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Do Your Students Feel Safe at School?

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December 1, 2016

Chances are, you've read somewhere recently about the uptick in bullying, harassment and threats that many individuals, including students, are experiencing based on things like religion, ethnicity, political stance or sexual orientation. Granted, this unfortunate and harmful behavior is nothing new. However, it does seem to have increased within the past month or so. Based on this, it might be a good idea to take some time to review and update (if necessary) your anti-bullying and any other of your district's safe-school policies. Here are some things to consider to ensure your students feel safe in their learning environments and your families/community feel confident in the policies you have enacted within your district:

  • Do you have a number students can call--anonymously or otherwise--to report being a victim of or witness to any type of bullying? If that number prevalent on your website? Is it displayed throughout your school buildings?
  • If you don't have a bully hotline, do all of your staff members feel comfortable handling incidents should a student report one to them? Do you provide regular staff trainings on the matter?
  • Is your anti-bullying policy published online where any community member can view it? Do you make a point of regularly reminding your community/public where they can locate and review your policy?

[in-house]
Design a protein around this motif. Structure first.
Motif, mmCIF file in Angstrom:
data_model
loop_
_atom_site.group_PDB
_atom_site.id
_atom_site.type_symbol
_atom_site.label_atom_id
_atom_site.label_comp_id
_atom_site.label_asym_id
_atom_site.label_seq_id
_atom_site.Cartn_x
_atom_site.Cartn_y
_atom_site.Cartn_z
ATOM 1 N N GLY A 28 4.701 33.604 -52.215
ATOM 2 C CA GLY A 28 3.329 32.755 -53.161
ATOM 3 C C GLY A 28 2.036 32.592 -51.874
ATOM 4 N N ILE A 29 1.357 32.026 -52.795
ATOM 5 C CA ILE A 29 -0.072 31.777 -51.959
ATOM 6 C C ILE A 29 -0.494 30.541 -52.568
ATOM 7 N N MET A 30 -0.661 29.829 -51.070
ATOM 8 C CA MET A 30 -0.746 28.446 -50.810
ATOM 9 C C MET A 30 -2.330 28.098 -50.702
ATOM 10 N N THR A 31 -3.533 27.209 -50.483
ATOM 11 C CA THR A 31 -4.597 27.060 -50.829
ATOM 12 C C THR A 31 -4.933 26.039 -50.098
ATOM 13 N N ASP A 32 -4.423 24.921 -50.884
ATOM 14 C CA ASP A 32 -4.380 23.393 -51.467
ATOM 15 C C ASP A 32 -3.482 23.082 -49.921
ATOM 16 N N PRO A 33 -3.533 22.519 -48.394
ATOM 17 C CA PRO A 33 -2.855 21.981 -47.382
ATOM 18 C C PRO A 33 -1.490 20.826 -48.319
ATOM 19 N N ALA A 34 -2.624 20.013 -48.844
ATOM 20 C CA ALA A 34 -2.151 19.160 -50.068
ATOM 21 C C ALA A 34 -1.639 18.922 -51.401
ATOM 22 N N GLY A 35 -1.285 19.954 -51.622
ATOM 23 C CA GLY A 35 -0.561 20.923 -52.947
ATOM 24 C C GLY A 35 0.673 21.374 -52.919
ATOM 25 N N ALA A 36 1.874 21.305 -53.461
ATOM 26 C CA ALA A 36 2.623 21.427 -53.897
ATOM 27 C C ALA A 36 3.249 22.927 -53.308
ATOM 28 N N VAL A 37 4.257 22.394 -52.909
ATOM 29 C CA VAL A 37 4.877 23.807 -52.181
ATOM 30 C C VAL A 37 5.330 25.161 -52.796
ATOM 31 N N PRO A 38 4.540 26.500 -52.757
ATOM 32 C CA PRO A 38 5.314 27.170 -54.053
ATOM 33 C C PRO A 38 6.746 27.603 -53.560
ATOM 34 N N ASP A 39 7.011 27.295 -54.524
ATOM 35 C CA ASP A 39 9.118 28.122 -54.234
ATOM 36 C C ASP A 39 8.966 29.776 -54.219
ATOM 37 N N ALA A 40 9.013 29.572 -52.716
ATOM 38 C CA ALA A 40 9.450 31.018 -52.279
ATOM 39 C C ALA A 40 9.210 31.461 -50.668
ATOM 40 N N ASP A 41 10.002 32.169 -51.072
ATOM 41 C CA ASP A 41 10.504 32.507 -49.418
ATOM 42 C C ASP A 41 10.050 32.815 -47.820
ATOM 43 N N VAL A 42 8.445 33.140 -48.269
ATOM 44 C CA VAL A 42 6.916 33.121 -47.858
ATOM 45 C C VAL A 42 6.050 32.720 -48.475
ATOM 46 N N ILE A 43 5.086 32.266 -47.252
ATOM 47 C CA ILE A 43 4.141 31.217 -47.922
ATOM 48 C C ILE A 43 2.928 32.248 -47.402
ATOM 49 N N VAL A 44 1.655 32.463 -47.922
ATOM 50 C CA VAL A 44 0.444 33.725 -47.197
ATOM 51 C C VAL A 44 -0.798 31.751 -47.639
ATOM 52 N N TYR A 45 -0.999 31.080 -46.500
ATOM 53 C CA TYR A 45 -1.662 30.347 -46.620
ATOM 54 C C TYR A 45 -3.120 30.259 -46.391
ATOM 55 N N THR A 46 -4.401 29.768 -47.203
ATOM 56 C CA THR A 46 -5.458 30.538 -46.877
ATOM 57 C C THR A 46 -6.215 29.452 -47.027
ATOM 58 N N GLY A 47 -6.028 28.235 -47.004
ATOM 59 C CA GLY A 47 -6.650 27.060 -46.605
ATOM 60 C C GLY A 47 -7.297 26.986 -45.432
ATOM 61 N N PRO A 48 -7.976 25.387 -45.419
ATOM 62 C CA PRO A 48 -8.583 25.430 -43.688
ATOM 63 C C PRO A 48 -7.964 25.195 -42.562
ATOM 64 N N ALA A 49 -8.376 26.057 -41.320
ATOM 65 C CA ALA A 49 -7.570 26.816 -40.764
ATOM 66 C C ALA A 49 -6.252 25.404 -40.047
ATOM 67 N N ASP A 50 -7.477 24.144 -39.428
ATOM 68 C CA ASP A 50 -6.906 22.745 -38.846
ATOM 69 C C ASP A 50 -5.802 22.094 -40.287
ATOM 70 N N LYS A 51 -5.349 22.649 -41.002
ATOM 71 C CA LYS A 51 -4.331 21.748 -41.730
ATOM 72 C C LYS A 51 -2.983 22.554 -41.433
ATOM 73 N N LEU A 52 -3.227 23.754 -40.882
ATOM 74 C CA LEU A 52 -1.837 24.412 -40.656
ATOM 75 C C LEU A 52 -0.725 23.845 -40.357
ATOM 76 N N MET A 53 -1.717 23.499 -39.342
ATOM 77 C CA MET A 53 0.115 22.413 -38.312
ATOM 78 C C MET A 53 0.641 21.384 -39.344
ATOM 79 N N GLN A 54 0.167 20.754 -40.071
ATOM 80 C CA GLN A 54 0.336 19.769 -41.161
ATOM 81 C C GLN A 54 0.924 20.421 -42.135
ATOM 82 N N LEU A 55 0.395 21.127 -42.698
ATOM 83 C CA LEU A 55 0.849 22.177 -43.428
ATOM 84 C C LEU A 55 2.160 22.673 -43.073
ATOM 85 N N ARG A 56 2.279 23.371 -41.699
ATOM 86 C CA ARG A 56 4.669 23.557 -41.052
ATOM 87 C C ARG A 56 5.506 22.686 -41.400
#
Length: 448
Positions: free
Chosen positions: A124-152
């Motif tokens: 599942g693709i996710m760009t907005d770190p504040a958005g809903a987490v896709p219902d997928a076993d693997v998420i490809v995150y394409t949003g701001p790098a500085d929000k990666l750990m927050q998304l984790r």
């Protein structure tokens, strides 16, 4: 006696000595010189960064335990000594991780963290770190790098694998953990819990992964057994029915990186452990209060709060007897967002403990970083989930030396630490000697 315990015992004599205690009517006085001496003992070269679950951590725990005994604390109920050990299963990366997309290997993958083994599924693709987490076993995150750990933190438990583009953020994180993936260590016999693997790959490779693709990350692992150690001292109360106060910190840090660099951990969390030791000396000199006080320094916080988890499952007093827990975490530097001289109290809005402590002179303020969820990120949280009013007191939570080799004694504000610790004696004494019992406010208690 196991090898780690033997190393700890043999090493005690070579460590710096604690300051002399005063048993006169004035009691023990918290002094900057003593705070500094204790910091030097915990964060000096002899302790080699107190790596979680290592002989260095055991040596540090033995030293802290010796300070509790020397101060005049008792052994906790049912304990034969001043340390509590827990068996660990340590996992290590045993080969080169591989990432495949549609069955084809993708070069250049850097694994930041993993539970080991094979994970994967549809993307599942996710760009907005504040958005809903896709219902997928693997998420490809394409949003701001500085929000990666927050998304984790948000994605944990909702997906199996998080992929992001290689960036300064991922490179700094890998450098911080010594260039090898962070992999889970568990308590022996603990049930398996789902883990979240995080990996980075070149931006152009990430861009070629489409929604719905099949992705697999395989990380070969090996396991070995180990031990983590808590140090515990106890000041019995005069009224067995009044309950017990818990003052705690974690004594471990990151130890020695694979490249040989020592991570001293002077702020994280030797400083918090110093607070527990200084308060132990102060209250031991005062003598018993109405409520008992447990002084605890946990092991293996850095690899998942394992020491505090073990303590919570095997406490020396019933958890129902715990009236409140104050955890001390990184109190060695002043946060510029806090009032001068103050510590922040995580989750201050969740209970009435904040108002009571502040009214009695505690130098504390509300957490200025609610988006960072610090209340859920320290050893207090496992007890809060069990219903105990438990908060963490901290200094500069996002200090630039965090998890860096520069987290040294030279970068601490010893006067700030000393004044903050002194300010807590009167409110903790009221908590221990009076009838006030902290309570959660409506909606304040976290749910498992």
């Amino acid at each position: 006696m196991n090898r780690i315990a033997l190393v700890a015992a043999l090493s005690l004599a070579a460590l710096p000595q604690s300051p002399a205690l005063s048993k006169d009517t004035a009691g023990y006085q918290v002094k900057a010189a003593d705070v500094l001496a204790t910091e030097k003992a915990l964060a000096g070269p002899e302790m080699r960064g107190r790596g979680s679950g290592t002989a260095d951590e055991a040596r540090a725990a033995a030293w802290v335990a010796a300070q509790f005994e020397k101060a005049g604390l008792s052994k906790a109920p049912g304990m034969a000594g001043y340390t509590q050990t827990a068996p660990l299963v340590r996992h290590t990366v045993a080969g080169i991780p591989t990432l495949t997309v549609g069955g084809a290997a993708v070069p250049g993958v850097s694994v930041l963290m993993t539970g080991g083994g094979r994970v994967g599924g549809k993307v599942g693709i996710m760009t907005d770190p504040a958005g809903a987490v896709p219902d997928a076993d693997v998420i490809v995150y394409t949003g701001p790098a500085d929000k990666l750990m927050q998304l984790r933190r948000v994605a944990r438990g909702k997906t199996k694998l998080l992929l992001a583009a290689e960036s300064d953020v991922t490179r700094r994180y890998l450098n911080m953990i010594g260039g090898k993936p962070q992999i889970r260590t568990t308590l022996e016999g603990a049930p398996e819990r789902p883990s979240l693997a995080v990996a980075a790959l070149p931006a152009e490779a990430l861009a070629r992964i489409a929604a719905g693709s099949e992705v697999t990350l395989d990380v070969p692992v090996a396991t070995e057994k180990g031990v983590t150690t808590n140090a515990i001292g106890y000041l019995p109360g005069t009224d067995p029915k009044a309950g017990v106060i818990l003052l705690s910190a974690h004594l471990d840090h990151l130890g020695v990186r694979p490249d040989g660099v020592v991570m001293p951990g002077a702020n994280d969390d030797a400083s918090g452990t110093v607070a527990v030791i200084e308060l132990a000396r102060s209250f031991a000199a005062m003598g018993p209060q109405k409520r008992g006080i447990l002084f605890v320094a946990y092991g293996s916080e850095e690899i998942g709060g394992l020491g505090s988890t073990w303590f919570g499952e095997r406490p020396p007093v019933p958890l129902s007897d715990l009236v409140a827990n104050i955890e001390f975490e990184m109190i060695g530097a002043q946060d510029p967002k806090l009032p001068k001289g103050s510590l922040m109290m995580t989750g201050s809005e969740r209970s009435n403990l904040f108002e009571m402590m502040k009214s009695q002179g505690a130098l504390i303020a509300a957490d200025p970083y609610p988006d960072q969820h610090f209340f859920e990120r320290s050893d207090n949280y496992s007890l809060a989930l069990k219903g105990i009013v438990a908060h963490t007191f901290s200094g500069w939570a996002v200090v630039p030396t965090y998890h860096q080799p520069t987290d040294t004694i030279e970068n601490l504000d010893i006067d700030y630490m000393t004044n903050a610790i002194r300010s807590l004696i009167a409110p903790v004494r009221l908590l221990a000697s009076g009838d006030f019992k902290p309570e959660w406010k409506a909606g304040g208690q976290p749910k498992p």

• Do your students know the proper procedures to take should they be a victim of or witness to any type of harassment? Do all your staff members know the proper procedures for handling such incidents?
  • Do you include tips or insight in your newsletters or on your website or any other district communications on how to prevent bullying? Do you discuss it in assemblies or have resources your teachers can use to promote kindness?

If you have a policy that has been successful in your school or helpful resources you would like to share, please email me. We would love to distribute helpful material to our members so that all students feel safe and can focus on learning when they're at school!

About the Author

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Sarah Julian

Director, Communications

Sarah serves as the Director of Communications for the OPSRC. In this role, she will provide support, consultation, and training on communication plans, social media policies, crisis communications, media relations, and website content.

Sarah has dedicated her entire professional career to Oklahoma public education: over 14 years in communications, technology, and teaching college-level English Composition and Humanities. Sarah holds a Master’s degree in Writing & Communications.

Want to learn some fun facts about Sarah? Click here!

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